Zoning in Polish detailed MSP covering West Part of the Gulf of Gdańsk

Poland CP

Abstract: 

1. Delimitation of the smaller planning areas through application of a rigorous set of environmental and transport/shipping criteria (so sectors prioritised in UNCLOS) 2. Four dimensional zoning whereas sea maps have only two dimensions, 3. Zoning under maritime spatial plans of a large resolution (scale 1:25000).

Country: 
Year: 
2009
Application in MSP: 
Taken into account in an MSP process
Sectors: 
Fishery
Military
Nature protection
Ports
Shipping
Tourism
Under water cultural heritage
Type of Issue: 
Coexistence of uses
Data
Ecosystem-based approach
Land-sea interactions
Resilience to climate change
Type of practice: 
Pilot plan
Plan
Stage of MSP cycle: 
Vision and aims
Stocktake
Analyse spatial aspects
Develop and implement plan
Cross-border / trans-national aspect: 
No
Coherence with other processes: 
Common Fisheries Policy
Integrated Coastal Zone Management
Marine Strategy Framework Directive
Renewable Energy Directive
Strategic Environmental Assessment
Trans-European Transport Network
Water Framework Directive

Questions this practice may help answer

  • Are there good examples for how to integrate fishery concerns into MSP?
  • How can/are MPAs integrated into MSP?
  • In what way is tourism taken into account in MSP?
  • In what way do/could MSPs promote co-existence of activities and uses?
  • How shall Maritime Spatial Plans integrate with land-use plans?

Implementation Context

The maritime spatial plan of the western part of the maritime internal waters of the Gulf of Gdańsk is of a pilot nature. It has been drawn up at the order of the Maritime Office in Gdynia that had acquired funds to that end under the “PlanCoast” EU project. The development of a draft of the pilot plan was considered as a practical attempt at testing the possibility of drawing up maritime spatial plans in ecologically valuable sea areas under pressure from numerous anthropogenic conflicts (the coastal areas of Gulf of Gdańsk are home to more than 1 million inhabitants of the Gdańsk-Gdynia-Sopot metropolitan region- the biggest coastal metropolises in Poland and its two largest harbours: Gdynia and Gdańsk). The plan was also supposed to improve the awareness of Polish decision-makers and stakeholders of the necessity for the implementation of spatial planning in Poland’s maritime areas. In addition, it was expected to provide conclusions regarding the further directions of developmend for  the spatial planning system in Poland.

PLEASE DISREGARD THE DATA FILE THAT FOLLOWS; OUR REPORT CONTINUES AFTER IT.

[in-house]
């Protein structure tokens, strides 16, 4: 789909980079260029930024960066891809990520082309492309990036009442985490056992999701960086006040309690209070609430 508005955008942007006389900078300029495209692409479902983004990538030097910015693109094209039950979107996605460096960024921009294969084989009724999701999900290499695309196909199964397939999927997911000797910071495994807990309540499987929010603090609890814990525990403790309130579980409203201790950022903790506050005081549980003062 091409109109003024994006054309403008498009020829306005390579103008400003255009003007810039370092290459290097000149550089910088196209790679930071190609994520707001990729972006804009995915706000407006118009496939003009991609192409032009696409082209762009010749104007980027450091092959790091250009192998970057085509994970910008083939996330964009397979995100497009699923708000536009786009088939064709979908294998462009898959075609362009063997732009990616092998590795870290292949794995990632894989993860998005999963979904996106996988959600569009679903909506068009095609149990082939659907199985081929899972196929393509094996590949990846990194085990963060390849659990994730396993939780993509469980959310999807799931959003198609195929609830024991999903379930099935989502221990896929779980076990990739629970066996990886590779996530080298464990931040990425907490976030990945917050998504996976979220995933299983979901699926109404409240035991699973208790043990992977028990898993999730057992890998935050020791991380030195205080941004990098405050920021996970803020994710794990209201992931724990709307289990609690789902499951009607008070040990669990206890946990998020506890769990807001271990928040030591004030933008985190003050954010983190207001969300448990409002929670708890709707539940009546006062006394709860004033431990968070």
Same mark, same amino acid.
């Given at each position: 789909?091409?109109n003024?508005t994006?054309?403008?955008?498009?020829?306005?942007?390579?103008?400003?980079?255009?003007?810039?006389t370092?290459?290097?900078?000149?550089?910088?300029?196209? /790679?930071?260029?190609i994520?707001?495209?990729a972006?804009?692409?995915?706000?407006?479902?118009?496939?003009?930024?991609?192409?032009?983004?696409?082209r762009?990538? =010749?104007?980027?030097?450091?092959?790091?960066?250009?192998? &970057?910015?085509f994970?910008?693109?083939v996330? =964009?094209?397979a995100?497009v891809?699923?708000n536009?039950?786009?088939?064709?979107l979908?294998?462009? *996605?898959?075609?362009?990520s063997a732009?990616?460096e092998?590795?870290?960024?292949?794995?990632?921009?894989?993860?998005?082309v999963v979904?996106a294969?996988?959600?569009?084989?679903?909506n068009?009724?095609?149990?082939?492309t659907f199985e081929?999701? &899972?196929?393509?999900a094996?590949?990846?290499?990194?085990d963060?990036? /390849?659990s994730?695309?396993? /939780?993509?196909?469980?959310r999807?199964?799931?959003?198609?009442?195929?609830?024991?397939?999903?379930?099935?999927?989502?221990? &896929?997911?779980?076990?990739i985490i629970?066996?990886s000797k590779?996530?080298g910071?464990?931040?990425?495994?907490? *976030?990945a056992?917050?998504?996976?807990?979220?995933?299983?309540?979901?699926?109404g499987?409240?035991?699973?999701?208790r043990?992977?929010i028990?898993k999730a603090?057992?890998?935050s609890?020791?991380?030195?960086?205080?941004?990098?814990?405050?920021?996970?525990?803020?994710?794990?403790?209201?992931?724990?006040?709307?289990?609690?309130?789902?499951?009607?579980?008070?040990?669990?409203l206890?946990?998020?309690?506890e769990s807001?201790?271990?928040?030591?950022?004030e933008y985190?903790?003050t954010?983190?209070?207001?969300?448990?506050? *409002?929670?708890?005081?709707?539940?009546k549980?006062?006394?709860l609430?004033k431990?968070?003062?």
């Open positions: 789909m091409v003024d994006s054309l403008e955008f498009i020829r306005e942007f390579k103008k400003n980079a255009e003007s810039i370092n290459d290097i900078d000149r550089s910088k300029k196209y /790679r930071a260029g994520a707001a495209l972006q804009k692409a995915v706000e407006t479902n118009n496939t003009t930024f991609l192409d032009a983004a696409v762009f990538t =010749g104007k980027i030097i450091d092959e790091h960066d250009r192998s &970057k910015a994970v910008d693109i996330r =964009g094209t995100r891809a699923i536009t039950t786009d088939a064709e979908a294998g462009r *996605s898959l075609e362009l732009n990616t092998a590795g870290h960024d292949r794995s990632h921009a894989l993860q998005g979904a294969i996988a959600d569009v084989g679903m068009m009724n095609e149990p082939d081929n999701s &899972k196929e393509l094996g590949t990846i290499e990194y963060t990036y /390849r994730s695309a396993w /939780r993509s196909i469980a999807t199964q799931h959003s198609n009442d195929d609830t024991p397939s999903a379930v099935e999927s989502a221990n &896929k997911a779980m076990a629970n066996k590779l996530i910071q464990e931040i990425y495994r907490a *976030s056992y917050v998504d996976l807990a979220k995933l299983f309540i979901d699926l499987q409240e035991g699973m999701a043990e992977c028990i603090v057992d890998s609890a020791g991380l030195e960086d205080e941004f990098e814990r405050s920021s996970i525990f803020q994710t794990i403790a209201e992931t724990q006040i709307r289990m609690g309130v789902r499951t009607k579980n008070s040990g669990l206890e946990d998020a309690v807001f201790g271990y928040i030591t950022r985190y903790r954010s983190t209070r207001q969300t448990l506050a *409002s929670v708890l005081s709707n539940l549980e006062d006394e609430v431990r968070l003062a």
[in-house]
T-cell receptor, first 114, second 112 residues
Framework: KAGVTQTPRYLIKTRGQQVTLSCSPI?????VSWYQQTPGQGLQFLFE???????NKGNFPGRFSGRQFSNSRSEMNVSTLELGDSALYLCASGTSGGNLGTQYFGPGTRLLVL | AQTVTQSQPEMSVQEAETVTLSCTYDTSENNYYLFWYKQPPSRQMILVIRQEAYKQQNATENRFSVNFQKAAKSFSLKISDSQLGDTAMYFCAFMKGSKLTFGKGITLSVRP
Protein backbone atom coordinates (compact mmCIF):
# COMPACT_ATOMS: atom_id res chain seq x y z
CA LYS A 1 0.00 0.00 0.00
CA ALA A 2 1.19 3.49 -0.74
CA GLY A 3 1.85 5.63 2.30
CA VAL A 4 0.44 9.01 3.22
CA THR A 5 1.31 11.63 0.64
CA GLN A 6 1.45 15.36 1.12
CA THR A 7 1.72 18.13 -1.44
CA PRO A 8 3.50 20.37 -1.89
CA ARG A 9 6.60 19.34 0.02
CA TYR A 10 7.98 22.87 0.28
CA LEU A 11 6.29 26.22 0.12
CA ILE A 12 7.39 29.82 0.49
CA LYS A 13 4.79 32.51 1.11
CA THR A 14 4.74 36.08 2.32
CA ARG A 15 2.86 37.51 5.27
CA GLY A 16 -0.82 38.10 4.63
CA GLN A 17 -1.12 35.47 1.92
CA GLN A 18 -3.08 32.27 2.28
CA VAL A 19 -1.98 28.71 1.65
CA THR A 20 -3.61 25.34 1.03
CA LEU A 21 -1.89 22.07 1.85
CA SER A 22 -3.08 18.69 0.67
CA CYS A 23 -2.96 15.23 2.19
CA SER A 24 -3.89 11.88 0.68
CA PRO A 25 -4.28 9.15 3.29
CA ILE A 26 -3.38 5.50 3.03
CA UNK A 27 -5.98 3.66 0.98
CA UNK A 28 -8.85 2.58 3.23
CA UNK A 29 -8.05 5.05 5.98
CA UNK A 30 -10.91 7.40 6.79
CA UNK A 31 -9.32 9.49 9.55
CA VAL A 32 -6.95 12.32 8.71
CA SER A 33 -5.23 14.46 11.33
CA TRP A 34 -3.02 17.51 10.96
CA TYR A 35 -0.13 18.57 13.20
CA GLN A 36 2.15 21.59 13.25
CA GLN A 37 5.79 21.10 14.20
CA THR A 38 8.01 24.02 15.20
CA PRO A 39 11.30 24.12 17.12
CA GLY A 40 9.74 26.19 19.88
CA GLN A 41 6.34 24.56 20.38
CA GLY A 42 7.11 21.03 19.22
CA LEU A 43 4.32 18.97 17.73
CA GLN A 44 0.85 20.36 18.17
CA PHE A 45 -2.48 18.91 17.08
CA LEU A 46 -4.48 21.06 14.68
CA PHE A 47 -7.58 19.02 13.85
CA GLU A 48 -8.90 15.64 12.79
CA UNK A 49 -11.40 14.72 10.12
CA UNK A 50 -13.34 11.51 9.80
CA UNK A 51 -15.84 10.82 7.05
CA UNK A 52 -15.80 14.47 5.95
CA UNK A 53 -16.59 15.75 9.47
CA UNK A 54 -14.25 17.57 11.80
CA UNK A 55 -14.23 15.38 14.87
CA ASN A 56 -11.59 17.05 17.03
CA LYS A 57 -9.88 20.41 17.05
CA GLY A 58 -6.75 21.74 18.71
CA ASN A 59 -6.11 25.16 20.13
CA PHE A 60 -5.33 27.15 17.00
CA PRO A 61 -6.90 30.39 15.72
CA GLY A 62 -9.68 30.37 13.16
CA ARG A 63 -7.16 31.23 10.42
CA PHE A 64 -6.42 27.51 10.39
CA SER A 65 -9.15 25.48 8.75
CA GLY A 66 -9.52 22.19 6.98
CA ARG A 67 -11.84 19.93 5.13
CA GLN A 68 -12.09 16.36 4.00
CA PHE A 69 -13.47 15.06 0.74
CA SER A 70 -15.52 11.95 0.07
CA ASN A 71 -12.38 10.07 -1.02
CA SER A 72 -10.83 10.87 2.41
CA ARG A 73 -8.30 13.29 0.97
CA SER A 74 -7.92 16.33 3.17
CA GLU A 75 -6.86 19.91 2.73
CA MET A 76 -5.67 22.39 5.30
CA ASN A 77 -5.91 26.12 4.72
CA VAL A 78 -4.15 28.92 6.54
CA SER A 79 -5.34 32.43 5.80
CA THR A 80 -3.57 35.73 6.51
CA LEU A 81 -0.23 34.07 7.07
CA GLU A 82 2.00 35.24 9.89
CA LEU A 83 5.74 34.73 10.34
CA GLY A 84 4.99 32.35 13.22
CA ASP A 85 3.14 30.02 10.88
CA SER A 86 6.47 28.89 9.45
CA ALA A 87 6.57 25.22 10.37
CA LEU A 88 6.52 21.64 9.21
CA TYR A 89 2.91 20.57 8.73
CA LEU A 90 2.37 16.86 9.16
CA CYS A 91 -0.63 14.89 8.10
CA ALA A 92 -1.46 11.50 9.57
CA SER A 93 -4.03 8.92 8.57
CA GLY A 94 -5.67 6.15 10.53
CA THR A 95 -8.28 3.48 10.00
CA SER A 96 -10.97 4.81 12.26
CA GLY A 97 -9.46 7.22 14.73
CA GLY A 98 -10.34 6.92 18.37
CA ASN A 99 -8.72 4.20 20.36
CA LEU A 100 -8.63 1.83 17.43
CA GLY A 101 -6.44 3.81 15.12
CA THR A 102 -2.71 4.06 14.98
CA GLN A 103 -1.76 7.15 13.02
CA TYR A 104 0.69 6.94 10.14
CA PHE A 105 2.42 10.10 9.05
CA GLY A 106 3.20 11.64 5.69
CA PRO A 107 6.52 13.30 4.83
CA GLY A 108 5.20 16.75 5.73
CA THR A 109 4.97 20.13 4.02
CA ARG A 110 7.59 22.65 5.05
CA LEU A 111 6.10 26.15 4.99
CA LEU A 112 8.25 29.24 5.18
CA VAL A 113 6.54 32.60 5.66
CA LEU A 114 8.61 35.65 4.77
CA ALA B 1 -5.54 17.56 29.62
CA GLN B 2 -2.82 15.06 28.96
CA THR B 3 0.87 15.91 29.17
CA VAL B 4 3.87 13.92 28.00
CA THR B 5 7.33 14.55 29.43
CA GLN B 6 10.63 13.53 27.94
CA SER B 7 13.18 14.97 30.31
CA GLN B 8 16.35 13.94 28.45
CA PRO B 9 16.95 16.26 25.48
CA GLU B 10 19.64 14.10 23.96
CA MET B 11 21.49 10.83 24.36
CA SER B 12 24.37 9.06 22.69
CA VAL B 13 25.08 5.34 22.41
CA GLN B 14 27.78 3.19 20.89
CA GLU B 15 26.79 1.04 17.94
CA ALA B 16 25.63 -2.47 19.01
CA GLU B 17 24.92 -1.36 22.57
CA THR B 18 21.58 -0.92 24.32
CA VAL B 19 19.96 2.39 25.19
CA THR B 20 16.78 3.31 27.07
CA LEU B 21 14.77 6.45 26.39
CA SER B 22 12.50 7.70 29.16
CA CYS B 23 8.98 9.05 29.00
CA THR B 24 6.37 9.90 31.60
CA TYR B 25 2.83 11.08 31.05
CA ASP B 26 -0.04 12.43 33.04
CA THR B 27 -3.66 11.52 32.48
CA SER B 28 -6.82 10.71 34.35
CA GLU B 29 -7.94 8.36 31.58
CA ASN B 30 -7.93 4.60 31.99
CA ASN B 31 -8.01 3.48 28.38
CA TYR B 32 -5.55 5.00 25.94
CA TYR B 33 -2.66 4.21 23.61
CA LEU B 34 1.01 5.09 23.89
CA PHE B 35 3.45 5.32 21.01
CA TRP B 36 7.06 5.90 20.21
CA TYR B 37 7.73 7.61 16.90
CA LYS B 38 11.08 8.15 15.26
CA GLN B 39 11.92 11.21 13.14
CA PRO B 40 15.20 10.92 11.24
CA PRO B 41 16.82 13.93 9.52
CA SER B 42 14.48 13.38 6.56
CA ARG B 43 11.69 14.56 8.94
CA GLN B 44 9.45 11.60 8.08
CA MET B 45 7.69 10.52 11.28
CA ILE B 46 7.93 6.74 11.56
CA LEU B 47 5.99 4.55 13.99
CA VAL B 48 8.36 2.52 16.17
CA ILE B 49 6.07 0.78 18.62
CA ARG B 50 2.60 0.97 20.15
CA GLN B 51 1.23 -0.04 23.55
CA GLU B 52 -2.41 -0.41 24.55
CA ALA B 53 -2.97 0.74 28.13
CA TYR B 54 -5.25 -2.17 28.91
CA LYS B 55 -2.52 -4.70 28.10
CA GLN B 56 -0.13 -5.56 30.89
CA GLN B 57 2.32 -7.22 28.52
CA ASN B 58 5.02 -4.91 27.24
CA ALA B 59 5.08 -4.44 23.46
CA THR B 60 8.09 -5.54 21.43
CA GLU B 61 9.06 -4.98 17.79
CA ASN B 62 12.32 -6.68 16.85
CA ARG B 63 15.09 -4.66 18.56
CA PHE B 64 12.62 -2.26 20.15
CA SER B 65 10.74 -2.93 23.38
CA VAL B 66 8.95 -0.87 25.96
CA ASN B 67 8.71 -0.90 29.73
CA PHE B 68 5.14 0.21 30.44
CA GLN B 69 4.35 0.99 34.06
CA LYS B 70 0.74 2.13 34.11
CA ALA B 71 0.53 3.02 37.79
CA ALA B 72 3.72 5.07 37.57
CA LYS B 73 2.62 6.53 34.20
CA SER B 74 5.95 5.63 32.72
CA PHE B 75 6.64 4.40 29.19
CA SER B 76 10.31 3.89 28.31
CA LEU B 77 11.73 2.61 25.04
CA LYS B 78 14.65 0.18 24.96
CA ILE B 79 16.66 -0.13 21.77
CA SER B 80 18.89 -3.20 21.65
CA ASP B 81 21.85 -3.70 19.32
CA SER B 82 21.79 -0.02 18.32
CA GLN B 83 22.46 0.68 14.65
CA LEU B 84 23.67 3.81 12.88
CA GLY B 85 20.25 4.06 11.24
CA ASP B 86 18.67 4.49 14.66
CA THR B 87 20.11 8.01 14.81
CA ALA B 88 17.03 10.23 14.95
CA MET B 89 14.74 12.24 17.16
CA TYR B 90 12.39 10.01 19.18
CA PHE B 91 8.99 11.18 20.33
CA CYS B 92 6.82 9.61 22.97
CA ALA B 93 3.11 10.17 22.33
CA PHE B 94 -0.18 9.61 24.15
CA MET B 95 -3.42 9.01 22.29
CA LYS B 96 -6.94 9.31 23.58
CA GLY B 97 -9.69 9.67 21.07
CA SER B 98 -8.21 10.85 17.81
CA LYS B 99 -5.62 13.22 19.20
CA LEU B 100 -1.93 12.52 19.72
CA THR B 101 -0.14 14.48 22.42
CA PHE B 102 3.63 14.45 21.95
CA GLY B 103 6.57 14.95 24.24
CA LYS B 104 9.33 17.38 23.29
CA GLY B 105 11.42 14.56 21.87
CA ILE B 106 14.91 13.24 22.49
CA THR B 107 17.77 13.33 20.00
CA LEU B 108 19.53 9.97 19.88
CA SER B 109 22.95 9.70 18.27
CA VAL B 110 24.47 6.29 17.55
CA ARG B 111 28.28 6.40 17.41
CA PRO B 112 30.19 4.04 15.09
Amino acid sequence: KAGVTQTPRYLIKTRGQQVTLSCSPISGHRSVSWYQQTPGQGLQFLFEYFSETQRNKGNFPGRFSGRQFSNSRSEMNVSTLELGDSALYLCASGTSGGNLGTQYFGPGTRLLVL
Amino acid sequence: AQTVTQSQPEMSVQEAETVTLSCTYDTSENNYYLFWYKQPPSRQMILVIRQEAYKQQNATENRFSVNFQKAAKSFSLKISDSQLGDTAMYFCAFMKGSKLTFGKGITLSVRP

The plan was worked out by an interdisciplinary team from the Maritime Institute in Gdańsk, representing the following scientific disciplines: macro-spatial planning, information technology (GIS), oceanography, physical/biological ecology and economics. The team gained support from experts of the Voivodship (Province) Spatial Planning Office (local spatial planning), ichthyologists and specialists on sea mammals. The process of elaboration for the plan was extremely short, owing to financial terms of the PlanCoast project and lasted from September 2007 until March 2008. The initial version of the plan was produced in April 2008 and it was discussed with Maritime Office staff, amended  and  then presented to stakeholders in June 2009 for further amendments.

The area subject to planning had a surface of about  40 550 ha, situated to the West of the line connecting the head of the Hel Peninsula with the Gdynia/Sopot boundary, with the exclusion of the harbour areas of Gdynia, Puck, Jastarnia and Hel. The area adjacent to Gdańsk city was also excluded. The screening of existing users at the start of plan preparation allowed for the identification of the following spatial structures with corresponding water  areas: fairways, roadsteads and anchor grounds  (5316.97 ha), dumping areas (591.80 ha), sand extraction areas, as well as water areas excluded from common use (4061.75 ha). As regards the remaining part of the area covered by the plan (i.e. 31171.28 ha), the functions were mixed with a prelevance of fishery and water sports. In terms of transport, the area serves the harbours of Gdynia, Puck, Jastarnia and Hel. Environmental functions were of key importance there, reflected in the protection regime for Natura 2000 areas. These include a Natura 2000 bird protection site  (PLB220005, 40576 ha), Natura 2000 habitat protection site (PLH220032, 21479 ha) and areas protected under the Coastal Landscape Park scheme (10534 ha).

Aspects / Objectives

The draft plan for spatial management of part of the internal sea waters of the Gulf of Gdańsk has been developed with regard to the objectives indicated by the Maritime Office of Gdynia, as follows:

  • providing sustainable and permanent development of coastal communities;
  • providing good condition of marine and land-marine ecosystems;
  • providing safe, sustainable and permanent use of the sea;
  • sparing use of space, allowing for the possibility of future (as yet unknown) ways of sea use;
  • securing maintenance and conservation of historical value;
  • wherever possible, application of provisions concerning not only 3D space, but time.

 

The draft plan provides for:

  • destination of parts of the internal sea waters covered by the plan;